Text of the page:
Tuesday, January 25, 2011
Our President Thinks He's George Lucas
You know what this does? It embarrasses us on the world stage.
We got bold, we got exciting, we got a Hollywood script. That's what we got. As a comedy, it will be a blockbuster in China. At home, it will be a tragedy.
Obama missed another chance Tuesday night to embrace the tough medicine proposed by the commission for bringing down the deficit. For example, the president said he wanted to "strengthen Social Security for future generations" -- but ruled out slashing benefits or partially privatizing the program, and made no reference to raising the retirement age. That left listeners to guess how he plans to do anything to salvage the popular retirement program whose trust funds are expected to run out of money in 2037 without changes.They didn't even call him on the jaw-droppingly inane proposal to get 80% of our electricity from "clean" sources by 2035.
All in all, this is the most ridiculous SOTU speech I ever inflicted on myself. Next year I won't even bother.
Washington Post editorial on the speech:
PRESIDENT OBAMA entered office promising to be a different kind of politician - one who would speak honestly with the American people about the hard choices they face and would help make those hard calls. Tuesday night's State of the Union Address would have been the moment to make good on that promise. He disappointed.Read the whole thing. I saw a comment in some conservative writeup that remarked that the speech seemed like a retread of Bush's 2006 speech.
So what happens now? Maybe some members of Congress will display the courage the president has lacked.
Chief CMS actuary testifies that the health care claims were bogus as well. This is not the first time CMS has pointed out that it won't work, but this is testimony to Congress.
A nation is going "huh?" The speech was just embarrassing, and it was aimed at stupid people who don't know what is going on. Ezra Klein, for example. But the average American isn't this stupid, and it appears that the speech was so stupid that it offended the press.
As for Congress and the Fed, the less said the better.
It has been a grand display of incompetence, if not outright mendacity, all round.
Will digital actors replace humans in Hollywood?
"If and when the technology arrives to create persuasively realistic human actors, Hollywood will embrace it."
Stagflationary Mark: They will be cheaper and like the Disney Characters never age a can't miss trend but then we need digital TV anchors and associated roles to interview these new faces!
Utopia here we come!
Yeah, well the electorate's been letting them get away with it.
We've had bipartisan groups (like the Concord Coalition) and politicians on both sides of the aisle who have desperately tried to tell the truth, but the electorate has overall allowed the meretricious politicos to prevail.
So collectively, we all bear a lot of responsibility for this. It will be the most vulnerable who will bear the brunt of the inevitable crash.
After sleeping on it and shoveling snow for three hours, I have decided that Obama wasn't honest in that speech. I'm not sure if he is foolish enough to believe his "clean energy" BS, but he does certainly know that what he said about Social Security was horribly askew from reality.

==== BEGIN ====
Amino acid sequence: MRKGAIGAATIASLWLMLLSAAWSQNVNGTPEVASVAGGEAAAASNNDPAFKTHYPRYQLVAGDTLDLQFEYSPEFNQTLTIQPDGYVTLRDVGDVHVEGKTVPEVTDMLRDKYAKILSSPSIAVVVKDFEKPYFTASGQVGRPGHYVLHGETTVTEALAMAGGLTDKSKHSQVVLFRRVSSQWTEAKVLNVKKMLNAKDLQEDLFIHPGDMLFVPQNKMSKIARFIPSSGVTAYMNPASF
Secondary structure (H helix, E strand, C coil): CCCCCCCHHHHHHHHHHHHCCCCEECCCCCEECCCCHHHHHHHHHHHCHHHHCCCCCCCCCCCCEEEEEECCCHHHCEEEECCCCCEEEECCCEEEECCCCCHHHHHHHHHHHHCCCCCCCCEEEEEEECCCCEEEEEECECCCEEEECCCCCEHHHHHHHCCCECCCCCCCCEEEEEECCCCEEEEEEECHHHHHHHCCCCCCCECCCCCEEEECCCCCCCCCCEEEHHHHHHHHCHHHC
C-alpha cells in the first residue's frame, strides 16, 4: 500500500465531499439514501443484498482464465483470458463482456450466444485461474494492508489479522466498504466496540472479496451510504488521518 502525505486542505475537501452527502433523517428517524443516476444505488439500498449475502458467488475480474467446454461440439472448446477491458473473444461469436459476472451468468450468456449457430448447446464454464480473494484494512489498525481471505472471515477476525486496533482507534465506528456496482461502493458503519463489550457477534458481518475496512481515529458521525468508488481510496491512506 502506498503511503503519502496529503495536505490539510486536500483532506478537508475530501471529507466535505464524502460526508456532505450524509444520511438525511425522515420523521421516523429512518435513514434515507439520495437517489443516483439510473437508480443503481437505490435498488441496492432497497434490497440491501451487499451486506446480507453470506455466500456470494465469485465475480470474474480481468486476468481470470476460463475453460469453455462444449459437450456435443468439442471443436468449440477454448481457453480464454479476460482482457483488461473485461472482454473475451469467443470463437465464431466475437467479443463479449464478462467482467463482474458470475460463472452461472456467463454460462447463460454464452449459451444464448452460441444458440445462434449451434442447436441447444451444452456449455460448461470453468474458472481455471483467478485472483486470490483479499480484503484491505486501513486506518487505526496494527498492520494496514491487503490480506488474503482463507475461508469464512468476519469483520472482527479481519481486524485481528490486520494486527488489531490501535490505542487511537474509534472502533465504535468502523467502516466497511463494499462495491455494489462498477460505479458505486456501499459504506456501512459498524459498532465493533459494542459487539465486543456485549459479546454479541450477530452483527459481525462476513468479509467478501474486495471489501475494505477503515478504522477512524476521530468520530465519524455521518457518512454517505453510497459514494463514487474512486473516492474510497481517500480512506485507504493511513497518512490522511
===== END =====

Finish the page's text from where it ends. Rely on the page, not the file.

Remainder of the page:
He has punted reality in favor of reelection. With any luck, the electorate will punt him. I'm not sure that we will get anyone better, but unless the voters stop rejecting the lies, the future will be very dark.
I've often vacillated between blaming the voters (we get the politicians we deserve) and blaming the politicians (immature, self-involved crooks not one bit different from those on Wall St. -- "meretricious" works as well).
Going into, and especially now coming out of, the last election I'm of the opinion the Critters have so rigged the system among Gerrymandering, campaign finance rules, and term non-limits that it isn't one half the public's fault.
A sizable majority is against deficit spending, against TARP and TBTF, against the Fed's QE, against open borders, you name it. But Congress has their sinecures. Out of 535 seats in the House and Senate, only about 1/3 are contestable. It's also the 1/3 with no real power (almost by definition -- they'll be gone in the next election or two). So short of the other 2/3rds feeling personal responsibility to a body politic graced with the 2nd Amendment, I don't see fundamental changes short of pressure instigated from overseas.
Last time we had that, it was used merely as an excuse to do more of what they already wanted to do in the first place.
only about 1/3 are contestable. It's also the 1/3 with no real power
That's why Christine O'Donnell and the other kamikaze kandidates from the Tea Party were so important. The politicians holding the secure 2/3 of the seats just HATE having to spend their own money on a primary (and they do view their campaign funds as personal property, because once they retire they get to keep it). They're on notice now that the wrong vote on certain topics is likely to trigger just that. Even if it means losing the seat to the other party.
The left has been doing this for decades (Ralph Nader, anyone?), which is one of the reasons that secure-seat Democrats tend to vote with their party's wingers more than secure-seat Republicans do.
That SHOULD mean something.
Or you could look at CFNAI, which looks like it is on its second upward move.
CFNAI usually corresponds more to what the average person perceives about the economy. Structurally, when it starts taking the second jump you are probably shortly going to see more job gains.
Admittedly, the situation is not glorious and I am afraid incomes plus costs are going to make it heavy going for many during the first half of 2011.
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